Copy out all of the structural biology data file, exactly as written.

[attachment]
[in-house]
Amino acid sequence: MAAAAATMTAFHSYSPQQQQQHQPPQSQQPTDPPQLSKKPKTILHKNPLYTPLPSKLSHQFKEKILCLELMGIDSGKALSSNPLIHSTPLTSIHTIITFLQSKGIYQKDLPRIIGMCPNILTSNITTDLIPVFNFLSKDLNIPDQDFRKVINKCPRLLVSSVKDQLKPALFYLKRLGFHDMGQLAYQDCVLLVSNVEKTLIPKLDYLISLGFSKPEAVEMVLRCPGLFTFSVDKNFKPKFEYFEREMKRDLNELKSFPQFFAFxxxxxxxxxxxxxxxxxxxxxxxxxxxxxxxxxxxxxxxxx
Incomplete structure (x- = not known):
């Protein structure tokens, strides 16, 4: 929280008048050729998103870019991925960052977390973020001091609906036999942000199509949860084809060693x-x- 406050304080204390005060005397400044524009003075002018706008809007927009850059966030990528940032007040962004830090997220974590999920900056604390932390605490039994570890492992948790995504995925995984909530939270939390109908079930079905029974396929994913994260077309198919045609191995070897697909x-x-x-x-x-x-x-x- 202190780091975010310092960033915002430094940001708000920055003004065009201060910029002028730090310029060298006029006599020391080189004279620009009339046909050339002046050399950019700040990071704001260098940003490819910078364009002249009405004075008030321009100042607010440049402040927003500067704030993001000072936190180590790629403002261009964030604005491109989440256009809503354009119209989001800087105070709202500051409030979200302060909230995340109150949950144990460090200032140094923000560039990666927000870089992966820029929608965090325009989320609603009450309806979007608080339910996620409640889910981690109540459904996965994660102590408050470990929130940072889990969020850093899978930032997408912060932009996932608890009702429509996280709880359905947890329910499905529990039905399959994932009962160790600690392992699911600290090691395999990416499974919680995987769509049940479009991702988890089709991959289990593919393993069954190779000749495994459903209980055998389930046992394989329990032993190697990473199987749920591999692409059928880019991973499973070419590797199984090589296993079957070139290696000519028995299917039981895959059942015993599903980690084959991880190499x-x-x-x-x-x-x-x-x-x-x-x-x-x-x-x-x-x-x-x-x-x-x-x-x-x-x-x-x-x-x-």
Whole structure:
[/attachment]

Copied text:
[in-house]
Amino acid sequence: MAAAAATMTAFHSYSPQQQQQHQPPQSQQPTDPPQLSKKPKTILHKNPLYTPLPSKLSHQFKEKILCLELMGIDSGKALSSNPLIHSTPLTSIHTIITFLQSKGIYQKDLPRIIGMCPNILTSNITTDLIPVFNFLSKDLNIPDQDFRKVINKCPRLLVSSVKDQLKPALFYLKRLGFHDMGQLAYQDCVLLVSNVEKTLIPKLDYLISLGFSKPEAVEMVLRCPGLFTFSVDKNFKPKFEYFEREMKRDLNELKSFPQFFAFxxxxxxxxxxxxxxxxxxxxxxxxxxxxxxxxxxxxxxxxx
Incomplete structure (x- = not known):
């Protein structure tokens, strides 16, 4: 929280008048050729998103870019991925960052977390973020001091609906036999942000199509949860084809060693x-x- 406050304080204390005060005397400044524009003075002018706008809007927009850059966030990528940032007040962004830090997220974590999920900056604390932390605490039994570890492992948790995504995925995984909530939270939390109908079930079905029974396929994913994260077309198919045609191995070897697909x-x-x-x-x-x-x-x- 202190780091975010310092960033915002430094940001708000920055003004065009201060910029002028730090310029060298006029006599020391080189004279620009009339046909050339002046050399950019700040990071704001260098940003490819910078364009002249009405004075008030321009100042607010440049402040927003500067704030993001000072936190180590790629403002261009964030604005491109989440256009809503354009119209989001800087105070709202500051409030979200302060909230995340109150949950144990460090200032140094923000560039990666927000870089992966820029929608965090325009989320609603009450309806979007608080339910996620409640889910981690109540459904996965994660102590408050470990929130940072889990969020850093899978930032997408912060932009996932608890009702429509996280709880359905947890329910499905529990039905399959994932009962160790600690392992699911600290090691395999990416499974919680995987769509049940479009991702988890089709991959289990593919393993069954190779000749495994459903209980055998389930046992394989329990032993190697990473199987749920591999692409059928880019991973499973070419590797199984090589296993079957070139290696000519028995299917039981895959059942015993599903980690084959991880190499x-x-x-x-x-x-x-x-x-x-x-x-x-x-x-x-x-x-x-x-x-x-x-x-x-x-x-x-x-x-x-």
Whole structure: